Some cars that run on vegetable oil leave behind a smell of a fish & chips shop but one might think that the exhaust gases can't be too good for our health. In theory yes, but proof has arrived from the Bayerische Institut für Angewandte Umweltforschung und -technik (Bavarian Institute for Applied Environmental Research and Technology, BIFA).
Their research compared Straight Vegetable Oil (SVO) that satisfied the DIN V 51605 standard to regular diesel. As a general conclusion, the SVO fumes produce half the amount of carcinogen particullates than diesel counterparts. However, and this is important, the biggest variable in this study was engine management. A poorly managed SVO engine can produce even more carcinogen pollutants than a good diesel one. Furthermore, in the worst case scenario of diesel engines with no managament at all, the cancer risk might be 30 times higher.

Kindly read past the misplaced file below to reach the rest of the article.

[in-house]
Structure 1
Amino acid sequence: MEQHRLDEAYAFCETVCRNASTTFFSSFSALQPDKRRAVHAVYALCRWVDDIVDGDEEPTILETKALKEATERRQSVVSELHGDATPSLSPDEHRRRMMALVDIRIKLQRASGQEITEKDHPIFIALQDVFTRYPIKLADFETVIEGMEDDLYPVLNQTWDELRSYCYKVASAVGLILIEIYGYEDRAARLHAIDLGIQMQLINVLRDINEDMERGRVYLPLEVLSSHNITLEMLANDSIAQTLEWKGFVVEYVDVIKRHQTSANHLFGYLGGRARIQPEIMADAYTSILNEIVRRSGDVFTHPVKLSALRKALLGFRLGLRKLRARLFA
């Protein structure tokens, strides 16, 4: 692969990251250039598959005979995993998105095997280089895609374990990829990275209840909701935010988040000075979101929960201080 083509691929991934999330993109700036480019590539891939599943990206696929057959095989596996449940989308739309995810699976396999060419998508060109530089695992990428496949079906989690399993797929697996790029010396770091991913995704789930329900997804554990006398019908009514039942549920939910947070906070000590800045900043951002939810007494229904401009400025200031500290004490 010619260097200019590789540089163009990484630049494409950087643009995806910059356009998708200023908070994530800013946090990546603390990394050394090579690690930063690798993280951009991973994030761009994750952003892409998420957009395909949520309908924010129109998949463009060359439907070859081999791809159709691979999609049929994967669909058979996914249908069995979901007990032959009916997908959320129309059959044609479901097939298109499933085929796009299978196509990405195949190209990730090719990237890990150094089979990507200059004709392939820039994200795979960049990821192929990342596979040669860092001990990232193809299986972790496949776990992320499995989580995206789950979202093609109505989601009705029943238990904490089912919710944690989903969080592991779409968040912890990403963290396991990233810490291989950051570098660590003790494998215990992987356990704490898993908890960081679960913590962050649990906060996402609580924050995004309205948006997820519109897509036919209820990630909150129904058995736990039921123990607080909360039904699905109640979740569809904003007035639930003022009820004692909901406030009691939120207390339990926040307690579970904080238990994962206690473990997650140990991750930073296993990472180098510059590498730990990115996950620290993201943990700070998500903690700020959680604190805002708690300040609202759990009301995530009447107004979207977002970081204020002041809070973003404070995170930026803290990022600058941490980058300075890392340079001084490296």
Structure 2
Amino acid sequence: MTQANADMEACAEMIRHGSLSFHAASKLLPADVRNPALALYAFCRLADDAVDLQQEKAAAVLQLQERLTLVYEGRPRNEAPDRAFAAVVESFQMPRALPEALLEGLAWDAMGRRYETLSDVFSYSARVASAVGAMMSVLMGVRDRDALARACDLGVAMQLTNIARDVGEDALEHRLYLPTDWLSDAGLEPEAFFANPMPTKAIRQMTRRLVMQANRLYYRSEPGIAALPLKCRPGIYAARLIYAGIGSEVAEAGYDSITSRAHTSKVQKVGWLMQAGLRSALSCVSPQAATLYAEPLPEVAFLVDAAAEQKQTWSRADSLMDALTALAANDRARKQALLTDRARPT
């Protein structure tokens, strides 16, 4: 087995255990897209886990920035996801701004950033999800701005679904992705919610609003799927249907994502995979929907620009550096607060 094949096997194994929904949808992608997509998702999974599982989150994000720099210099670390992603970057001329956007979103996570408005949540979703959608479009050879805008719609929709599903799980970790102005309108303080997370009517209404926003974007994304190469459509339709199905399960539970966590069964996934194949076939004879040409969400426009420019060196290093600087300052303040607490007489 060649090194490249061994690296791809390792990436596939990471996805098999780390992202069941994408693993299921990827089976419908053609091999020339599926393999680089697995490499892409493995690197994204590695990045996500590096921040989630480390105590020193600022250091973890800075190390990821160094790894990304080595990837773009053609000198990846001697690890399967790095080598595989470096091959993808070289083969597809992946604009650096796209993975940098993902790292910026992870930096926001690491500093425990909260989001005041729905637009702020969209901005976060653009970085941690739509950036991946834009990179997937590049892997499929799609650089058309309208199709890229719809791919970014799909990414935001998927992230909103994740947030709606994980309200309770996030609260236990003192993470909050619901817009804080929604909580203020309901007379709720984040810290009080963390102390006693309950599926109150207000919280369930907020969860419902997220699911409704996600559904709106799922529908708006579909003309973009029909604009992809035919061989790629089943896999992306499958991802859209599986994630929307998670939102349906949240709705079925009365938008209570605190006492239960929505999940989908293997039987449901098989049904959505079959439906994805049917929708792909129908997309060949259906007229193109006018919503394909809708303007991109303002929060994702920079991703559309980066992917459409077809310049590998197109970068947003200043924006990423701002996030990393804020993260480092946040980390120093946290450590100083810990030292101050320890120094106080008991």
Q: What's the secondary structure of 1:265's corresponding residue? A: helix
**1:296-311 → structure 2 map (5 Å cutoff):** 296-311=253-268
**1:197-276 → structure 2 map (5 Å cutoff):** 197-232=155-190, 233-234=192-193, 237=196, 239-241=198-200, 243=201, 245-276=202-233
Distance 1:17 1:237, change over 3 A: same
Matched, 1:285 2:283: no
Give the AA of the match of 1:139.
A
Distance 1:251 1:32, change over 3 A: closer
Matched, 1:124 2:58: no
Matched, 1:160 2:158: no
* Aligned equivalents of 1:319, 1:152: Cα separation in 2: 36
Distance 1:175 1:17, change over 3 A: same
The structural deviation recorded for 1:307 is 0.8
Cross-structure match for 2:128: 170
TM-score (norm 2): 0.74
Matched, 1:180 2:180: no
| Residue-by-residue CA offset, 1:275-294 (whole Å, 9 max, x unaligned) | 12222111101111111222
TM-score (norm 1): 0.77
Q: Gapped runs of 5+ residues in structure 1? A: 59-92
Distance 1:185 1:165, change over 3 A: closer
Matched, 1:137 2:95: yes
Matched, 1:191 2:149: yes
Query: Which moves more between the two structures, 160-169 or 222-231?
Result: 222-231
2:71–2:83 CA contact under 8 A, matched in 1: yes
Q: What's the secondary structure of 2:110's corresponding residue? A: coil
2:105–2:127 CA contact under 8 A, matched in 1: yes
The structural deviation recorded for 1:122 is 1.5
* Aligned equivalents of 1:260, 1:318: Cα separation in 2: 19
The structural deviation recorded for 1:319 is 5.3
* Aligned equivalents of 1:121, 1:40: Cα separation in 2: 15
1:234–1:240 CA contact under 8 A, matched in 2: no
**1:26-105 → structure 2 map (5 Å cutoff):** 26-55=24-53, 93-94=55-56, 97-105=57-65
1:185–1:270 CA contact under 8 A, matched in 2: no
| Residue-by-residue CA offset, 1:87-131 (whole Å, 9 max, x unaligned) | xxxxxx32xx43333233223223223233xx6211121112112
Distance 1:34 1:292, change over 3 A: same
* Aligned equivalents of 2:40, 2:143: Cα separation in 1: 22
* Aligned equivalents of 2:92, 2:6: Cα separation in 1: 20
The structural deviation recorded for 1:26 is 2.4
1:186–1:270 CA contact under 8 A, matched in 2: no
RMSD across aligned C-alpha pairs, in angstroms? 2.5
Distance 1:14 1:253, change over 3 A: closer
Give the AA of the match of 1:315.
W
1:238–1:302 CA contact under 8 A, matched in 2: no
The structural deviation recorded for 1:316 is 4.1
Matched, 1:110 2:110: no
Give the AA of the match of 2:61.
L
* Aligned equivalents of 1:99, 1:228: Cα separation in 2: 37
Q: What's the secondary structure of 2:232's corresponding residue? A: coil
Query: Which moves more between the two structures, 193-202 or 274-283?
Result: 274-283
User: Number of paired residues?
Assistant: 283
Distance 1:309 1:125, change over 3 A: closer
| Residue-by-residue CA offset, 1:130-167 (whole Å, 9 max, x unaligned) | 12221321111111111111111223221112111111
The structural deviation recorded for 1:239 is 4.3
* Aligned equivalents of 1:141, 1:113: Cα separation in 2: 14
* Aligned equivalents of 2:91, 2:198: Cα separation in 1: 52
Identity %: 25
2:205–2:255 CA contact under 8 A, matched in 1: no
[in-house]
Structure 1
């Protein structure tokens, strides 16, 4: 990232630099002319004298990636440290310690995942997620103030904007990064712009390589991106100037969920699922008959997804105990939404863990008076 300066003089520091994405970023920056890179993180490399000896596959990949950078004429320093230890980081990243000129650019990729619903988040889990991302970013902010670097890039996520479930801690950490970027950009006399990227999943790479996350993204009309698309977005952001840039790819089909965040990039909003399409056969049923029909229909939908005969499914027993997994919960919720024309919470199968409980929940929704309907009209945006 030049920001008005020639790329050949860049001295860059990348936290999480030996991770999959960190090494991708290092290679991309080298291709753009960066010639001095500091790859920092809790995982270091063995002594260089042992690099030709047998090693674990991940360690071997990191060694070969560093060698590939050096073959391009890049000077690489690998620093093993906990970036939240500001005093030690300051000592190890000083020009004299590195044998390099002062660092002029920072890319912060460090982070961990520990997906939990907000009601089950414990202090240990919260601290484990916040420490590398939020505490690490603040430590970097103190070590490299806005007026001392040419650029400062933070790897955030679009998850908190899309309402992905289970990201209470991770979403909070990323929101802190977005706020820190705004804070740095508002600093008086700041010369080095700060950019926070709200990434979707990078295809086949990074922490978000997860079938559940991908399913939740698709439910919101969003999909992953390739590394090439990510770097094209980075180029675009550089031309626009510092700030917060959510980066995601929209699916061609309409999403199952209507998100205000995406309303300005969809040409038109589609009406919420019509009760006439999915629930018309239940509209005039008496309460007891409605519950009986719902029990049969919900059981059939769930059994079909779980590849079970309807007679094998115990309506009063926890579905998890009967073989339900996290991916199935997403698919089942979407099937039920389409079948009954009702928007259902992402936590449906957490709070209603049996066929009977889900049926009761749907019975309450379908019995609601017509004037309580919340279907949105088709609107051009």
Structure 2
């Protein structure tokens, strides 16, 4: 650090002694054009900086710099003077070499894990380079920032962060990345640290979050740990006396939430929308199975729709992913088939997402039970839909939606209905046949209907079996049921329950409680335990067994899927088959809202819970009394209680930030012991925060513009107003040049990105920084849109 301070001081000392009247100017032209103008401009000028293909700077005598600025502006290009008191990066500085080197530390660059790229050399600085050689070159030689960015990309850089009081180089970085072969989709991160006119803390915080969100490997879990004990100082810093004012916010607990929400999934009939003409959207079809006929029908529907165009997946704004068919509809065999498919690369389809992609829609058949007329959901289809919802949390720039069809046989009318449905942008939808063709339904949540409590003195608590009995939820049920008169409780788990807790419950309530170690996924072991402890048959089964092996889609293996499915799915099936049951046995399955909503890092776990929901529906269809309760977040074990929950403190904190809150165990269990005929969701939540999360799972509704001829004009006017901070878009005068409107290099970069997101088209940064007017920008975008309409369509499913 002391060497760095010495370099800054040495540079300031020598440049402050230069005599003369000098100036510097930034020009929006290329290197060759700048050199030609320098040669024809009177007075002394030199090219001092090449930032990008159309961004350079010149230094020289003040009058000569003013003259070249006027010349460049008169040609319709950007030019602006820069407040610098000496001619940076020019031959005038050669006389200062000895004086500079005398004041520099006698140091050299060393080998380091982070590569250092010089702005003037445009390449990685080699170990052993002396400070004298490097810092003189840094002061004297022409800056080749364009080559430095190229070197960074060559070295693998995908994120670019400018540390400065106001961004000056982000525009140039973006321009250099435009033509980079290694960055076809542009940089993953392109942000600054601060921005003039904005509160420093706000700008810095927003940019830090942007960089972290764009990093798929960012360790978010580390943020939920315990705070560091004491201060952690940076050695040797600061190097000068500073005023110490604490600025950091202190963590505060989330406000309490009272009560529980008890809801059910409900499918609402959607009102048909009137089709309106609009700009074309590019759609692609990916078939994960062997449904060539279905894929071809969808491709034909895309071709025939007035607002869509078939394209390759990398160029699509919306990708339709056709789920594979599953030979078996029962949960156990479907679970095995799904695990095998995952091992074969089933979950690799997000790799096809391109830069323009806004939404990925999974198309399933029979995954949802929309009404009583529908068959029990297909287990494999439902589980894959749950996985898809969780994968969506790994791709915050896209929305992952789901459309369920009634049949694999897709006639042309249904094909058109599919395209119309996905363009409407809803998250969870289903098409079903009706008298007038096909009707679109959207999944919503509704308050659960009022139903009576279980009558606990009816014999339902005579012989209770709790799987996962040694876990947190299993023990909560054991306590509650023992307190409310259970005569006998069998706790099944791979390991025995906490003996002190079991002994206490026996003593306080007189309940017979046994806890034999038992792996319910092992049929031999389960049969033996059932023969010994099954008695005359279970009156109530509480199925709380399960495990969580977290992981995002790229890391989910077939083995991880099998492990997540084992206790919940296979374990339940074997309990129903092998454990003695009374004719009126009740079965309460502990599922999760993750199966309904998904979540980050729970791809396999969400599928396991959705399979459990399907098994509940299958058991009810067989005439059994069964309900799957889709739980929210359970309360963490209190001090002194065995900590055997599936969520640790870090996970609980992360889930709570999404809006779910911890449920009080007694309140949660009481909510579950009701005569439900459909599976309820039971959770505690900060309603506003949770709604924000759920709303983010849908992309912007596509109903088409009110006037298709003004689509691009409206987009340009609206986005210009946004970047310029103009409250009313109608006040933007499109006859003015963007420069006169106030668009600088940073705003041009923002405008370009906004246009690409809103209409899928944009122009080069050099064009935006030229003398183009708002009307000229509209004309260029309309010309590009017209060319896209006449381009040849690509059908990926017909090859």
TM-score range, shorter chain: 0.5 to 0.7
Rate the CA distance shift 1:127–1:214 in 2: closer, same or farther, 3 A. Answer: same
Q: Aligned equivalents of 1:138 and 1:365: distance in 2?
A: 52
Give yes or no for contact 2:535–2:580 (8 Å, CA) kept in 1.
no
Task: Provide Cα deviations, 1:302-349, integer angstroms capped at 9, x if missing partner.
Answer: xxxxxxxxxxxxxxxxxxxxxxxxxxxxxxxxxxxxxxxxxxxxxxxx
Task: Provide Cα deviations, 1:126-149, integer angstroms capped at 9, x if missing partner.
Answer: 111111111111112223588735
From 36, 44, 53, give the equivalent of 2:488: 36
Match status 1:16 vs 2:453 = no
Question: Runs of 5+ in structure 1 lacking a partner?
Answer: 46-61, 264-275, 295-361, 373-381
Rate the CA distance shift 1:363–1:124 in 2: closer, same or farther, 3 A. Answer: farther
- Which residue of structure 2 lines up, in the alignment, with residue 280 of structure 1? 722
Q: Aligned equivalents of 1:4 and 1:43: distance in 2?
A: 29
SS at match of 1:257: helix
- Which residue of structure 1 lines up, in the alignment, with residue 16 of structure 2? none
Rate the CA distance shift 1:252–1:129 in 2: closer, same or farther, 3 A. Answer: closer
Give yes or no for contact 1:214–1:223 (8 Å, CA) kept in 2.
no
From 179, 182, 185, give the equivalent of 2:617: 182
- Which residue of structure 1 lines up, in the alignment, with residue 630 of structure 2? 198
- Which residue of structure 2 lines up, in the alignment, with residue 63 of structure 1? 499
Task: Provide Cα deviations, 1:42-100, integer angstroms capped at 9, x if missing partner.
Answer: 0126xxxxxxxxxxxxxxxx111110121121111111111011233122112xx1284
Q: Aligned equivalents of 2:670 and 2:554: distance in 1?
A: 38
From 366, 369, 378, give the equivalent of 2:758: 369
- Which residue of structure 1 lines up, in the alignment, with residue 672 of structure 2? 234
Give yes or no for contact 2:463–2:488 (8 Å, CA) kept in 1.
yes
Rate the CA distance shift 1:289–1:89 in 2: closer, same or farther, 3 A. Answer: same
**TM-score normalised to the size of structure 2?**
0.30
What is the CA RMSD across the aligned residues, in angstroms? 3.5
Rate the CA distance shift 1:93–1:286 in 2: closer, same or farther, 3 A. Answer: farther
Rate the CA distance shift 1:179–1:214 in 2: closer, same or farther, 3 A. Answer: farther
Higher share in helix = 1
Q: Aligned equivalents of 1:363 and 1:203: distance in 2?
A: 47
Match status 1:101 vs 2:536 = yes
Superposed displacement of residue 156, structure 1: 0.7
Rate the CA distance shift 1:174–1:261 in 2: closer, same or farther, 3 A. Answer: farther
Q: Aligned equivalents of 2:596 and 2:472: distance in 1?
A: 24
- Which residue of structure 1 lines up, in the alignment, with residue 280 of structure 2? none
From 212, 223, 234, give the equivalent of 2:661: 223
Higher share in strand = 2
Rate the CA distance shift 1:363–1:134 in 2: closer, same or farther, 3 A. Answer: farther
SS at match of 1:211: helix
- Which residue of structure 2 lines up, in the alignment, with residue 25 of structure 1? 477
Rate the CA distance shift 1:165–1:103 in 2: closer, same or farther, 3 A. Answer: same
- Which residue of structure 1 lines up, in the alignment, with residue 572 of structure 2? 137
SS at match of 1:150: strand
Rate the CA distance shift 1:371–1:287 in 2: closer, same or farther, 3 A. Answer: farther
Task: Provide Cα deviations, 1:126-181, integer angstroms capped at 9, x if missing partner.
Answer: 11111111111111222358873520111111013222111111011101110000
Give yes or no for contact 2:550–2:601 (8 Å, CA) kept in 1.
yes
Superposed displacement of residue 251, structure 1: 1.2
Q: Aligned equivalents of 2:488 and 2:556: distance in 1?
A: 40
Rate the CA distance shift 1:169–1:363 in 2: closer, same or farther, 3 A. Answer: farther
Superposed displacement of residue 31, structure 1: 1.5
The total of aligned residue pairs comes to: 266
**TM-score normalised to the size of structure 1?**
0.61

Does this mean that us (bio)diesel drivers should change immediately to SVO? First of all, the engine needs to be professionally converted, as has been covered in these pages a number of times. Then, the engine must be properly maintained (which applies to all engines as well). Nevertheless, the target of this study was demonstrating that the tax reduction SVO for automotion has is completely justified.
Finally, the test was conducted in quite a peculiar way: a trunk of salmonella bacteria was exposed to exhaust fumes and the index of cell mutation was examined in the microscope. Now where's that pot of mayo I've kept in the fridge since Christmas?
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